Ecclestone: twilight races here to stay

Formula One supremo Bernie Ecclestone says the later start times for races in the Far East and Australia have boosted television audiences threefold. Despite widespread criticism from drivers due to fading light levels, Ecclestone says twilight starts in F1 are here to stay.

This year was the first time the Grands Prix in Australia and Malaysia began at 5pm local time, three hours after their usual start time. This was done so the races could be broadcast live in Europe in the early morning, rather than the middle of the night, and it served its purpose. "All our TV up to now has been up 300 per cent," says Ecclestone, adding: "We have been getting more than 50 per cent of the market share."

The later start time was a compromise after the Australian organisers objected to following the example set by Singapore last year and hosting a night race. The sticking point was the cost of floodlighting the circuit and Ecclestone says that although this will cost the Malaysian circuit $16 million (£10.8m), it will be the next night race on F1's calendar.

He dismisses speculation that construction of the Abu Dhabi circuit is not on track for its inaugural race in November. "It will be done on time," says Ecclestone, adding that although F1 is increasingly moving eastwards, he cannot envisage a time without races in Europe since "it is a world championship".

Ecclestone is in negotiations about bringing F1 back to the United States, where it has been absent since 2007, and he reveals "we'd like to do something in New York or California". But if this race is added, then another may have to go. When South Korea joins the calendar next year, there will be 18 Grands Prix and Ecclestone says that in the past the teams "just about lived with 18".

Another dispute between Ecclestone and the teams is over the £20m prize money earned by Honda which left F1 at the end of last year. They are now leading the F1 championship under the Brawn GP name but lost their entitlement to the money after being classed as a new team by F1's governing body, the Fédération Internationale de l'Automobile (FIA).

The Concorde Agreement, the contract committing the teams to race in F1, says prize money earned by outfits which have left the sport should be split between those remaining in the sport. However, the contract is not in force and although the teams initially agreed to give the money to Brawn, there are now objections to this given Brawn's success. Ecclestone reveals that the money will not be paid to Brawn and he adds it will not be paid out at all if there is not unanimous agreement on who should receive it. "We can keep it," he says.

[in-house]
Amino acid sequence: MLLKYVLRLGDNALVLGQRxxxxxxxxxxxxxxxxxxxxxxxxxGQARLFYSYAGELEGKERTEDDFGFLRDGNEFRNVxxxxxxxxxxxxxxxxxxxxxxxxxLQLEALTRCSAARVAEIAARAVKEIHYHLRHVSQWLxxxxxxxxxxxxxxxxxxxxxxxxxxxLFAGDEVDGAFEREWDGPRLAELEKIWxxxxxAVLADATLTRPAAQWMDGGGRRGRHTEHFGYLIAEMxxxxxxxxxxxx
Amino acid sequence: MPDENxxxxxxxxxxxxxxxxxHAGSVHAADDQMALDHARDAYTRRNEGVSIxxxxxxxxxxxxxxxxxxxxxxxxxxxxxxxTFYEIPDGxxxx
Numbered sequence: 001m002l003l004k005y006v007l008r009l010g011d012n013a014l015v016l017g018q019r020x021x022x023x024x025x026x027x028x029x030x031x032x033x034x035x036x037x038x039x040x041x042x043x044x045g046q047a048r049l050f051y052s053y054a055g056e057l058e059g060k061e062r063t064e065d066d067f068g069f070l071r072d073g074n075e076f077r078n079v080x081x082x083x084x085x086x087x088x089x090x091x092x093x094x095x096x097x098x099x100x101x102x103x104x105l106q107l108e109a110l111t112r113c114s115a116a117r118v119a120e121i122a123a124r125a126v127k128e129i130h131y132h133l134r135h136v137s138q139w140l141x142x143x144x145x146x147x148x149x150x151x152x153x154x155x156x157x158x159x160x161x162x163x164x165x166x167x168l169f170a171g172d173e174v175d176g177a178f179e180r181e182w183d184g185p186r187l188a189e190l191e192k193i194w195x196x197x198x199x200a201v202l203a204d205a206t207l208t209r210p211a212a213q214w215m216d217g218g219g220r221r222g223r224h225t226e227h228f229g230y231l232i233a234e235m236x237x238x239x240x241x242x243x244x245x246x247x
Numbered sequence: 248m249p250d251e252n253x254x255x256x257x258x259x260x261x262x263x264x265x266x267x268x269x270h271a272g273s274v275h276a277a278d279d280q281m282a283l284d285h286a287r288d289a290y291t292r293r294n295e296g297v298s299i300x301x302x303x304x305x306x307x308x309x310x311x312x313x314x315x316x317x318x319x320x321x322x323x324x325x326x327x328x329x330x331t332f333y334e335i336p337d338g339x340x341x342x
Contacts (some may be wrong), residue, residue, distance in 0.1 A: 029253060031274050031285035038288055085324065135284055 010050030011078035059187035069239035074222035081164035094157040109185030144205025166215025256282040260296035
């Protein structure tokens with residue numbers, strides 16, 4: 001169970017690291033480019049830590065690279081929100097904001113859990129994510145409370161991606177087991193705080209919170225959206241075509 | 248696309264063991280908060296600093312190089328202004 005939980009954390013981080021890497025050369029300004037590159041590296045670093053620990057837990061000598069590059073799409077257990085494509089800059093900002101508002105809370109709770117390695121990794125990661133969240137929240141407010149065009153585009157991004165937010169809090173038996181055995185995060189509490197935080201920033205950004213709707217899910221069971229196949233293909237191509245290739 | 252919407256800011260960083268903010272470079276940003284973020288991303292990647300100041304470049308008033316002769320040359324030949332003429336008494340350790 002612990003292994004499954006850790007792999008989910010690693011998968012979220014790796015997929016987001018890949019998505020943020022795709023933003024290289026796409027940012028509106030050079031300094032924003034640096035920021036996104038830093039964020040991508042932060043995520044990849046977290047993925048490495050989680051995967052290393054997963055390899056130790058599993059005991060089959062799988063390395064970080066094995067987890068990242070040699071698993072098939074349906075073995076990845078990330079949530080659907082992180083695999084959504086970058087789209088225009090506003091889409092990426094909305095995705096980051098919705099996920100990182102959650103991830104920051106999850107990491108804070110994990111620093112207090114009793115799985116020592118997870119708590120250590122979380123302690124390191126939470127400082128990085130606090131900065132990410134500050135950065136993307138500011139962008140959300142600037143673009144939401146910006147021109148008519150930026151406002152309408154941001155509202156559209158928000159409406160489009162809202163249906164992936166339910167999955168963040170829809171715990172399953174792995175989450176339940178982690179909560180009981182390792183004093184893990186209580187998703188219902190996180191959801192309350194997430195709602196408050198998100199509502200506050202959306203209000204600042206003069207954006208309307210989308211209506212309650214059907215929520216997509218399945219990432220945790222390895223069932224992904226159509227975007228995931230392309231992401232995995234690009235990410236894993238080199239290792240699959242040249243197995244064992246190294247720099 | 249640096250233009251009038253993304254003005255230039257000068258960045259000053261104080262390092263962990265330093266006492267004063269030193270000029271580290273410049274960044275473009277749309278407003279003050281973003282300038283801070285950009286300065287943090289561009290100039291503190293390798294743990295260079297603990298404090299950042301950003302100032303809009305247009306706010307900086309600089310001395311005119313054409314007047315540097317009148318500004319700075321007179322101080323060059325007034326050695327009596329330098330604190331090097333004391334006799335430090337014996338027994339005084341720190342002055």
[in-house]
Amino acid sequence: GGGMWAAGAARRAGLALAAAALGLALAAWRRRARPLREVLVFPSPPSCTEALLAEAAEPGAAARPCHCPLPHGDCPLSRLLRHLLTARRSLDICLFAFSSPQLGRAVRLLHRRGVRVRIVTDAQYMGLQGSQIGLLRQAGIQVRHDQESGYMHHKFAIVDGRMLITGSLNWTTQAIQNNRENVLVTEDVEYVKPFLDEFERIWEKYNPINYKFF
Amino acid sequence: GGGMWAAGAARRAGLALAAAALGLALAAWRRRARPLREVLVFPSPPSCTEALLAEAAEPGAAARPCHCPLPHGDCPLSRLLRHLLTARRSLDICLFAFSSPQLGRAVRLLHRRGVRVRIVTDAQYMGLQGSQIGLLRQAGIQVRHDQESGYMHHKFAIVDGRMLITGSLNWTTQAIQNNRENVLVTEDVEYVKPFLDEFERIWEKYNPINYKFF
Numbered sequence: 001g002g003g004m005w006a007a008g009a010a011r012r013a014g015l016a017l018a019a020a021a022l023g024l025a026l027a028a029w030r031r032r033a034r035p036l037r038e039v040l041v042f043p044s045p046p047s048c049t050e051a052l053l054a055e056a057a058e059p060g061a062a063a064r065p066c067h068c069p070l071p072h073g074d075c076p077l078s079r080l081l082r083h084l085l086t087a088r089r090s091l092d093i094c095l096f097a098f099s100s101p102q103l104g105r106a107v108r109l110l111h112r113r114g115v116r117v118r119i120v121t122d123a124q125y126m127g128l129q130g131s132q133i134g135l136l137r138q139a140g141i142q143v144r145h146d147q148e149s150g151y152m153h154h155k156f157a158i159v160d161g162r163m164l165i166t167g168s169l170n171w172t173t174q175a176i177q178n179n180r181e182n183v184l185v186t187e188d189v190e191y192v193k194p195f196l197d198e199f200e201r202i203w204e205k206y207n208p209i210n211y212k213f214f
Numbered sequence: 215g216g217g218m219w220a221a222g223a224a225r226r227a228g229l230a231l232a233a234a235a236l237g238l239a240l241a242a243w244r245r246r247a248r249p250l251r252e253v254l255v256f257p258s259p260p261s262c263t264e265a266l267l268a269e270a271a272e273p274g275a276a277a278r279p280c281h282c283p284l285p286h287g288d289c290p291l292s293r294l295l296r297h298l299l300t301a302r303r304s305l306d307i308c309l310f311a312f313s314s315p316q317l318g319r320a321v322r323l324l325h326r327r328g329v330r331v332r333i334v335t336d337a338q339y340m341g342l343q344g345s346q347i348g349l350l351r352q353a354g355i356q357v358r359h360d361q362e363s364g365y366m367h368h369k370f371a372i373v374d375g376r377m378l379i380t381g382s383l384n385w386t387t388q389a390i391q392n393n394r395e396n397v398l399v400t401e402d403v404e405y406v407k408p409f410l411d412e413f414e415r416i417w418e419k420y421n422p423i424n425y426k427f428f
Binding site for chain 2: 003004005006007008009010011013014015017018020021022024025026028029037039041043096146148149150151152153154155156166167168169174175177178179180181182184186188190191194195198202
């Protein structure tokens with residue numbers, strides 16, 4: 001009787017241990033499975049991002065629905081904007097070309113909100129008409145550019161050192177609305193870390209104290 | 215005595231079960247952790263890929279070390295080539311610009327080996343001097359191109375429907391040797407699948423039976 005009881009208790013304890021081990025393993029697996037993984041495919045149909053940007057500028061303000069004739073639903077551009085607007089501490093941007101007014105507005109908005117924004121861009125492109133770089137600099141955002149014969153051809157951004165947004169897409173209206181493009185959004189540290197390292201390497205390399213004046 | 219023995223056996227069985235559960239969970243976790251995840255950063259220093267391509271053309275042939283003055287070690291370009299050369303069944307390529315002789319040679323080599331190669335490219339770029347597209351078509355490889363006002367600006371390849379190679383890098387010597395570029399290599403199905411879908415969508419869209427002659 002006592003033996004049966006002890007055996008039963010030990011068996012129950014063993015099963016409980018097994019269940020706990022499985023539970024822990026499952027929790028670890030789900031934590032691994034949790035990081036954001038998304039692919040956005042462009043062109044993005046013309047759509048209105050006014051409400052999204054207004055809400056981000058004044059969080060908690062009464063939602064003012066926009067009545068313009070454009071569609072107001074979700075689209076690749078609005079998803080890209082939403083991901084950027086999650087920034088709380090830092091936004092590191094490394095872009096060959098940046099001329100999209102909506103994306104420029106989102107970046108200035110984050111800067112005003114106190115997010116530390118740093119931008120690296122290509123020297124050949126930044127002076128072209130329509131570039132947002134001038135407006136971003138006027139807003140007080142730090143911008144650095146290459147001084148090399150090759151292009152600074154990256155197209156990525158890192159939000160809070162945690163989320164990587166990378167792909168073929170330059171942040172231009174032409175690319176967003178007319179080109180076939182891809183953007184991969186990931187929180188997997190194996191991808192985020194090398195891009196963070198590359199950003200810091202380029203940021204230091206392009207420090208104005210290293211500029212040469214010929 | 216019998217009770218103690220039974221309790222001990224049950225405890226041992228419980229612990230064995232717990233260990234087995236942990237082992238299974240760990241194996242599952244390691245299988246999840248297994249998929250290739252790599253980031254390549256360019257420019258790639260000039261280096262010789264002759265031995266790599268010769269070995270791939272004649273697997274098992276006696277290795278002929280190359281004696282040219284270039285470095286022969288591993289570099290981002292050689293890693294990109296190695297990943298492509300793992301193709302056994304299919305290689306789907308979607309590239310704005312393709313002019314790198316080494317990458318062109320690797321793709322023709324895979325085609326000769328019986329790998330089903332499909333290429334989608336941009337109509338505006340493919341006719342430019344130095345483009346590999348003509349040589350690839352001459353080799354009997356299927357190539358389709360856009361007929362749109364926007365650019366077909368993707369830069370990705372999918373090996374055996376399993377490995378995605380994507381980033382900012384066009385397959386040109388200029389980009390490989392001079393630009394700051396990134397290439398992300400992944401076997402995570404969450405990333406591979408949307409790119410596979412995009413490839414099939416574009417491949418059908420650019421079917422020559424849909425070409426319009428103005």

Despite Brawn's success, Ecclestone says it would have been better for the team to have retained their former name. "I opposed the name Brawn," he says, claiming it is "not a good name, doesn't mean anything to the public, better being Honda than Brawn".

If the Honda prize money goes to Brawn, the teams can make up for it by running under a £40m budget cap next year. Critics have claimed that it will be impossible to police in the notoriously secretive world of F1 but Ecclestone says that this will be quite a straightforward process.

He explains that every three months the teams will have to sign a commitment that they are running under the limit and, as with everything in F1, the punishment they will face if found in breach will be financial: a $100m fine.

Arts and Entertainment
books
Voices
Caustic she may be, but Joan Rivers is a feminist hero, whether she likes it or not
voicesShe's an inspiration, whether she likes it or not, says Ellen E Jones
Arts and Entertainment
The Doctor and the Dalek meet
tvReview: Doctor Who Into the Dalek more than compensated for last week's nonsensical offering
Sport
Diego Costa
footballEverton 3 Chelsea 6: Diego Costa double has manager purring
PROMOTED VIDEO
Have you tried new the Independent Digital Edition apps?
Life and Style
3D printed bump keys can access almost any lock
techSoftware needs photo of lock and not much more
Arts and Entertainment
The 'three chords and the truth gal' performing at the Cornbury Music Festival, Oxford, earlier this summer
music... so how did she become country music's hottest new star?
Life and Style
The spy mistress-general: A lecturer in nutritional therapy in her modern life, Heather Rosa favours a Byzantine look topped off with a squid and a schooner
fashionEurope's biggest steampunk convention heads to Lincoln
News
Dr Alice Roberts in front of a